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Registration

A person who raises farmed cervidae (deer or elk) in Minnesota must be registered with the Board of Animal Health and meet all the requirements specified in Minnesota Statutes 32.153, 35.155 and Minnesota rules 1721.0370 to 1721.04.

“Cervidae” means animals that are members of the family Cervidae and includes, but is not limited to, white-tailed deer, mule deer, red deer, elk, moose, caribou, reindeer, and muntjac.

“Farmed cervidae” means cervidae that are raised for any purpose and are registered in a manner approved by the Board of Animal Health. Farmed cervidae are livestock and are not wild animals for purposes of game farm, hunting, or wildlife laws.

To register a farmed cervidae herd, the owner must submit a registration application and inventory report to the Board of Animal Health along with a check for the annual inspection fee. As of July 1, 2019, the fee is $500 for producers that manage their herd for profit or monetary gain, engage in transaction or exchanges for consideration, sell the ability to shoot animals in the herd, or if the herd consists of more than one species. The fee is $250 for all other herds.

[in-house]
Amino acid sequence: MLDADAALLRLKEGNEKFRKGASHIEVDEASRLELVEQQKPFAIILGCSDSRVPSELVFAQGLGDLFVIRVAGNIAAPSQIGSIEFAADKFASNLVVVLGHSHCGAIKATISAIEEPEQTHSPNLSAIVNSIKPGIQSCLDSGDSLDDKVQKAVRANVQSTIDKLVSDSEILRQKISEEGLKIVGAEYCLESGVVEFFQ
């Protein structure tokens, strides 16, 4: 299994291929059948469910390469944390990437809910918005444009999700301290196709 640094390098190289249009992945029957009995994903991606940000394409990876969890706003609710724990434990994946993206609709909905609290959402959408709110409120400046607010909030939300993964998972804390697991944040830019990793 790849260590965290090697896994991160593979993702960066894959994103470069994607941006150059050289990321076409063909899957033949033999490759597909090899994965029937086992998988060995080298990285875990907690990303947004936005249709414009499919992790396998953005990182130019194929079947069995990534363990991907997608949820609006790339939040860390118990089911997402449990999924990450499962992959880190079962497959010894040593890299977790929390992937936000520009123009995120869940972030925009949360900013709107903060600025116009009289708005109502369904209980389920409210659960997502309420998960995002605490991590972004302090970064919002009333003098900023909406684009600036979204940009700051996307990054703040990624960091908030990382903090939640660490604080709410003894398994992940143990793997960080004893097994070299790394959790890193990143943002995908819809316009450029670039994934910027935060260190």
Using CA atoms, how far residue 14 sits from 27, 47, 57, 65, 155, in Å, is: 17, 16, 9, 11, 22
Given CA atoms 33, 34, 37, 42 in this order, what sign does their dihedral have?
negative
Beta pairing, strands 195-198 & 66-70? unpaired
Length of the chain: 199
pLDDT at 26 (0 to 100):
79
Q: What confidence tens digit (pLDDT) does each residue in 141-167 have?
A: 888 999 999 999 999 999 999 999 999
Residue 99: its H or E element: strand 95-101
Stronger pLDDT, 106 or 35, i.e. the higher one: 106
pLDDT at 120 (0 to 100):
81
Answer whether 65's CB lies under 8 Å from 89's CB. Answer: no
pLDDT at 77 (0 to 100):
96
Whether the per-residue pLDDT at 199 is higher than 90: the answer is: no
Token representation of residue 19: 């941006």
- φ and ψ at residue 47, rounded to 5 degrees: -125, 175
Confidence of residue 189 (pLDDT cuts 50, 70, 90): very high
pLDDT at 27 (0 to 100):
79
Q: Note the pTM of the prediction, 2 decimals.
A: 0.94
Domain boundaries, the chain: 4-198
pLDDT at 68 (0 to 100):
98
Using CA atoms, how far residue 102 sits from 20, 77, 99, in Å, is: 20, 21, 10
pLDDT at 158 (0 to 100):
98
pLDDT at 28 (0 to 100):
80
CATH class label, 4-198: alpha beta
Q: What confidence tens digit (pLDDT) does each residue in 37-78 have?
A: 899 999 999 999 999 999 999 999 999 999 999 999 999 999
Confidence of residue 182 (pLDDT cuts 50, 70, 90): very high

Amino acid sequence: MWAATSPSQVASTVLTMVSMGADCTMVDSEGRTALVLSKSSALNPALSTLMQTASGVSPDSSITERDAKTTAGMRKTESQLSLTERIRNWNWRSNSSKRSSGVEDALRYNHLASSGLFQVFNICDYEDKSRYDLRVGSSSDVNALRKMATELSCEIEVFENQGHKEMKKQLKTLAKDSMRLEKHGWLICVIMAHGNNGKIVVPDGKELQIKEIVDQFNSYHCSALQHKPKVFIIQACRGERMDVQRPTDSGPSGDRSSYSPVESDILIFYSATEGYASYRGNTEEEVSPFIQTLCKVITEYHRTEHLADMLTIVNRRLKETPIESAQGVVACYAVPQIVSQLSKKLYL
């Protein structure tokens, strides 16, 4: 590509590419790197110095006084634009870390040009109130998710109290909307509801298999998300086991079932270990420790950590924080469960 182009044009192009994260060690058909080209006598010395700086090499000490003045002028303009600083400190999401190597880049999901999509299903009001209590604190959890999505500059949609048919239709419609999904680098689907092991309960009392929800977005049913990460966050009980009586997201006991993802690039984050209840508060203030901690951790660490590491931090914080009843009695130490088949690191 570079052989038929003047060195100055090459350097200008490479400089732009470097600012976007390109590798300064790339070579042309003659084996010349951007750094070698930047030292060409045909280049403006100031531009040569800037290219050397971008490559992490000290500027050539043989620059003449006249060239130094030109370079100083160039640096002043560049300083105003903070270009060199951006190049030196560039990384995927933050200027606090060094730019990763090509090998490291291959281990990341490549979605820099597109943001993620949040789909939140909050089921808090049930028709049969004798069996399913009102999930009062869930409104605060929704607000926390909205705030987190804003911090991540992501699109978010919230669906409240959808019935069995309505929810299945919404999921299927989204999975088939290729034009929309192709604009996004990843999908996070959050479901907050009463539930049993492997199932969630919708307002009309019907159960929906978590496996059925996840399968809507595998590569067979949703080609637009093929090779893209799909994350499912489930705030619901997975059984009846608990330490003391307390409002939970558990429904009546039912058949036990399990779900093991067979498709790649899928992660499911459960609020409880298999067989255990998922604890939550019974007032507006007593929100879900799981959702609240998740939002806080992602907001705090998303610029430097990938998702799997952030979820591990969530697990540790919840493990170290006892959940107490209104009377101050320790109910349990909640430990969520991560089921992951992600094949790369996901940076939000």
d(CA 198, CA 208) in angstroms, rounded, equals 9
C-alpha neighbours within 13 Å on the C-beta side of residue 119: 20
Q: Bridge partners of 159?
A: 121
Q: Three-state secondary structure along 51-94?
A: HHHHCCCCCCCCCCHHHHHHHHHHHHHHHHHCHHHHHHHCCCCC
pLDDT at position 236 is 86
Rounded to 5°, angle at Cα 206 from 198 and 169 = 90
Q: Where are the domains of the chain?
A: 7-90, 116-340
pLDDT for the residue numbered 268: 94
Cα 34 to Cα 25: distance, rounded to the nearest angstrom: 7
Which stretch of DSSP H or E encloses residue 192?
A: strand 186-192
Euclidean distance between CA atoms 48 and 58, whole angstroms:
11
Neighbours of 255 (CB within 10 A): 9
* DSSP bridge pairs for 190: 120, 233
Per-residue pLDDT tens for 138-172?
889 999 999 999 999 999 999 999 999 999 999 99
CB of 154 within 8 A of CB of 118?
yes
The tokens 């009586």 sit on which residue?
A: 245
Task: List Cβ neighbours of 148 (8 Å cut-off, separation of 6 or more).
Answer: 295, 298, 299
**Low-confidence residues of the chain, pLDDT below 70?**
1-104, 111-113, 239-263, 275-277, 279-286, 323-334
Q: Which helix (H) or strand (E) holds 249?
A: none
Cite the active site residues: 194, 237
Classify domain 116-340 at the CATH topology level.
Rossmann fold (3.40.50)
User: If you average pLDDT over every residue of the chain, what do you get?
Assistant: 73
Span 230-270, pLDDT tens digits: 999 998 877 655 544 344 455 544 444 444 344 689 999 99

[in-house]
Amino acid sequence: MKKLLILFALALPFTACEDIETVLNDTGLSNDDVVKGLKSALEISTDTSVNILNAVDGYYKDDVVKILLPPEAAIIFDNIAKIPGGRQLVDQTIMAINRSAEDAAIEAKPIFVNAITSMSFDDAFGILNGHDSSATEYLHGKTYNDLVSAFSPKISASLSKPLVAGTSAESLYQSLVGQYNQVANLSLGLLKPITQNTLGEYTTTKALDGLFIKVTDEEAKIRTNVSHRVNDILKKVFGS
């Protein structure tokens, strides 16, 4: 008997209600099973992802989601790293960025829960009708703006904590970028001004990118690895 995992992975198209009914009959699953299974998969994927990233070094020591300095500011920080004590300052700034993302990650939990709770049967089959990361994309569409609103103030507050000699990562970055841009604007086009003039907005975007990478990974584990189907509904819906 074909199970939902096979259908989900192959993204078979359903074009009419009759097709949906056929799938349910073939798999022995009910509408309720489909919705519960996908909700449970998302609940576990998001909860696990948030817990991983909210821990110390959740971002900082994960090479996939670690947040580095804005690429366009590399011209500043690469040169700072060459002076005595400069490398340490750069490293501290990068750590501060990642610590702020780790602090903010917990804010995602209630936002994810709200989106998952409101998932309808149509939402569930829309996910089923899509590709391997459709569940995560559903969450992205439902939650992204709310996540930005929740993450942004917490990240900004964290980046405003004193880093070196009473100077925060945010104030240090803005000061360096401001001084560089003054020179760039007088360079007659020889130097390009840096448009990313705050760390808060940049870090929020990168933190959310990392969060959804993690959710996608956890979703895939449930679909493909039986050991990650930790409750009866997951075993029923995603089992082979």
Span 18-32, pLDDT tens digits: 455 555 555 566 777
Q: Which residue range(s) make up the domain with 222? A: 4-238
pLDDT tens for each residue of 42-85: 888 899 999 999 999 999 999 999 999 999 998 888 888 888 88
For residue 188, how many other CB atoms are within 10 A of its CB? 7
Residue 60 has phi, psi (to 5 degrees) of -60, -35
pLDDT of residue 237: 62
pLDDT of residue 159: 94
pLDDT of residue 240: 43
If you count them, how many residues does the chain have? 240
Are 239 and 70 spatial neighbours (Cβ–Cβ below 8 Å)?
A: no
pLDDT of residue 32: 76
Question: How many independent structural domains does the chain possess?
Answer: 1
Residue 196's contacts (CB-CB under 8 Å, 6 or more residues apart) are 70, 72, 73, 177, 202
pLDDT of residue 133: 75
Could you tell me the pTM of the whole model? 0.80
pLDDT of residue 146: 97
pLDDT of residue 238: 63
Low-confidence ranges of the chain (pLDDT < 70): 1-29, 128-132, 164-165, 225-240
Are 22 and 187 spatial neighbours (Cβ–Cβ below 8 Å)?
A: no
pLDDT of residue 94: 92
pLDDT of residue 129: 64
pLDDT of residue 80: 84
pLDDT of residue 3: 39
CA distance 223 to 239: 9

Each farmed cervidae facility must be inspected by the Board of Animal Health each year to verify compliance with Minnesota Statutes 35.153, 35.155 and Minnesota rules 1721.0370 to 1721.04.

Tuberculosis

Bovine tuberculosis (TB) is an infectious disease that can affect many mammals, including members of the cervidae family. The disease is caused by Mycobacterium bovis. It can be transmitted between livestock, humans, and other animals. The disease is spread through respiratory and oral secretions from infected animals.

The Board of Animal Health administers a voluntary tuberculosis accreditation program for farmed cervidae herds. To be awarded tuberculosis accredited status, a herd must be found negative on two consecutive whole herd tuberculosis tests conducted nine to fifteen months apart. If your cervidae herd has contact with cattle, bison, or goats on your farm, then these animals must also be tuberculosis tested to receive accredited status for your herd. To maintain this status, whole herd tuberculosis tests must be conducted every 36 months.

Brucellosis

Bovine brucellosis is a contagious disease of ruminant animals that can also affect humans. It is caused by bacteria known as Brucella abortus. The disease is spread through fluids from infected animals.

The Board of Animal Health administers a voluntary brucellosis certification program for farmed cervidae herds. To be awarded brucellosis certified status, a herd must be found negative on two consecutive whole herd brucellosis tests conducted nine to fifteen months apart. If your cervidae herd has contact with cattle or bison on your farm, then these animals must also be brucellosis tested to receive certified status for your herd. To maintain this status, whole herd brucellosis tests must be conducted every 36 months.